Abbath – Abbath (2016)

possible abbath cover

Abbath’s pitfalls on Abbath are garden variety pitfalls (haphazard songwriting, too much time on the mixing consoles). What really distinguishes this album from all the other comebacks (like our recent coverage of Dystopia) is its main author’s legacy. Abbath’s previous accomplishments with Immortal factor very heavily into any promotion of his solo efforts, and this album has already received a great deal of praise because it doesn’t rock the boat by not sounding like Immortal and its more openly rock-like spinoffs (Between Two Worlds, March of the Norse). Divorced from the fame, Abbath might draw a little positive attention for having slightly above average individual riffs and instrument interaction, but that doesn’t stop it from paling in comparison to what Immortal themselves achieved.

A lot of what I could say about this album has already been used to describe previous efforts from when Immortal itself lost the impetus that made it so interesting in its early years. Running a simple search and replace on Brett’s descriptions of Damned in Black to replace band names makes for a very accurate, albeit not particularly original summation of how Abbath falls short. Surprisingly, it also describes some of the strong points; this album is arguably a lot more appealing on a superficial level than Immortal’s earlier studio albums. While skillful organization of musical content makes careful listening to a track like “The Call of the Wintermoon” off the debut pay off in the long run, I will admit that earlier material sometimes falls short in individual riffs and solos, mainly because the band members were less technically skilled in the past. That attention to detail, though, rendered the old works more ambitious. In contrast, a couple of tracks here come off as especially contrived; for instance, “Ocean of Wounds”, which sounds like Abbath and company decided that they absolutely needed to have a mid-paced arena headbanger. Many of the tracks aren’t as obviously pop oriented, but they’re still pretty haphazard and unmemorable once you start memorizing the individual elements.

It should come as no surprise that I don’t exactly recommend Abbath. The main difference between this and most of the chaff is that I think the musicians involved could do better if they set their minds to it based on the fact that they have, although the subtleties of the past sometimes just don’t pay the bills. At the very least, a financially successful but vapid comeback is a different problem than continued effort from bands that never put out anything of value.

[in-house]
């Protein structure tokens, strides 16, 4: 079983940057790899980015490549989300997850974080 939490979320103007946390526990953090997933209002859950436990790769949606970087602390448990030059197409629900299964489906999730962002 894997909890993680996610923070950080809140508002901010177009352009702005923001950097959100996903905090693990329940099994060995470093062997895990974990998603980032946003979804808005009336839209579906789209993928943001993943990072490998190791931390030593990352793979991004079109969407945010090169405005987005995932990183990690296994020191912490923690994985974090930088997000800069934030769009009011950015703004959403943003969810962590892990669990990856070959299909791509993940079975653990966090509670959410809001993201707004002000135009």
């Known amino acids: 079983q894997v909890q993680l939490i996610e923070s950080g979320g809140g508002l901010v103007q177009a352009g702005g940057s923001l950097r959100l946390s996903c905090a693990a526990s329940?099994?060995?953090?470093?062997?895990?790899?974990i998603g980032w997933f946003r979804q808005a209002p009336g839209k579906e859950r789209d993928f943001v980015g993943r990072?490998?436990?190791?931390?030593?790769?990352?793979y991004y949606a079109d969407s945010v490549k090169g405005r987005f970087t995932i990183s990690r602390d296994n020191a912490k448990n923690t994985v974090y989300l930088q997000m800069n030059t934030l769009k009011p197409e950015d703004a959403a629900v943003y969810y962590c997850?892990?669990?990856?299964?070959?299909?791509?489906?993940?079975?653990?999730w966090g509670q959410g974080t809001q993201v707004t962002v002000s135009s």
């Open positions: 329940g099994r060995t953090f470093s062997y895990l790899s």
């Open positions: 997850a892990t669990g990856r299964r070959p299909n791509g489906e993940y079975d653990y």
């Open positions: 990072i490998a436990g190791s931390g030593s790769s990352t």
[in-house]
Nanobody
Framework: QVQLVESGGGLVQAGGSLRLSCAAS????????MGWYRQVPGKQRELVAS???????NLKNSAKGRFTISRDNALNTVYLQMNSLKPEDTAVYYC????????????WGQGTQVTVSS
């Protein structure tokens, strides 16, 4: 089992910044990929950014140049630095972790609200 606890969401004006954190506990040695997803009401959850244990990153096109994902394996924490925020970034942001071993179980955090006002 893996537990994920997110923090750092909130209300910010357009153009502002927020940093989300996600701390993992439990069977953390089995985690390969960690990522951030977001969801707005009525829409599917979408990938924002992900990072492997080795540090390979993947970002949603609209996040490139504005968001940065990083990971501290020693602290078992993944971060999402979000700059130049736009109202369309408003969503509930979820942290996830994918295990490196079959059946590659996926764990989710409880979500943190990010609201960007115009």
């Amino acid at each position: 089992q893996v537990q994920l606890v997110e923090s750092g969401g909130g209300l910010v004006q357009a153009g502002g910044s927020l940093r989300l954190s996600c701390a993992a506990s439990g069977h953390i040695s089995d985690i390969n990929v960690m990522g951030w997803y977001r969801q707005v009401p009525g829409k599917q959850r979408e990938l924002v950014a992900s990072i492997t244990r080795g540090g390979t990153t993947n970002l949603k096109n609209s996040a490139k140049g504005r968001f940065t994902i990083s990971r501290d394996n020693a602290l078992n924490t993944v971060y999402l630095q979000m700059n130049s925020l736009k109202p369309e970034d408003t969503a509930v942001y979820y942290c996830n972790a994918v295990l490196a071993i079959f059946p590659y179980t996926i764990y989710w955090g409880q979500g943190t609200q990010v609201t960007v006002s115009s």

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9 thoughts on “Abbath – Abbath (2016)”

  1. vOddy says:

    Metal composers need to accept that it is fine to make music about more than one thing,
    instead of trying to either

    – express and / or describe the same things as they did with their great metal works of the past, despite the inner fire for those things having subsided

    or

    – Trying to express different things, but forcing it in to the style of metal that they used to write in, which may not be well suited to describe what they want it to.

    If you are no longer driven to describe death or hatred, then don’t do it. Describe something else that interests you. And if nothing is of interest, stop making music and get a new job, because music that doesn’t speak of anything profound is not good music.

    I am not in favour of switching style for its own sake. I am just against sticking to the same style for its own sake., and against making music for its own sake.

    A basic example, not about Abbath but in general: Why use hatred against Christianity as a source of inspiration, when there are fewer reasons to fight that battle now than in the past? The inspiration has to be genuine, and it has to come from within. If you were raped by a priest, raised Christian, or feel strong hatred against the religion for any reason, then go ahead. But don’t pull a charade.

    Personally, I think that Islam is more relevant. It is related to Christianity and shares some of its disgusting traits, but it is doing more harm, and it isn’t dying a slow death like Christianity is. Also, Islam is shielded by political correctness, while Christianity really isn’t.
    Islam is no less than a dark age religion, still alive and active just as it was back then.
    Why keep attacking Christianity when Islam exists? It feels forced and poserish, more inspired by metal tradition than inner drive.

    1. This comment should be an article post! Very well-said, sir.

      1. vOddy says:

        I am glad to read that.

    2. Phil says:

      Nile are doing this more and more with their recent releases.

    3. Roger says:

      “Why keep attacking Christianity when Islam exists?”

      Because you might keep your head.

      1. vOddy says:

        I live in Sweden, and we don’t have shariah law here yet.
        And the risk of losing one’s head is exactly why islam should be attacked.

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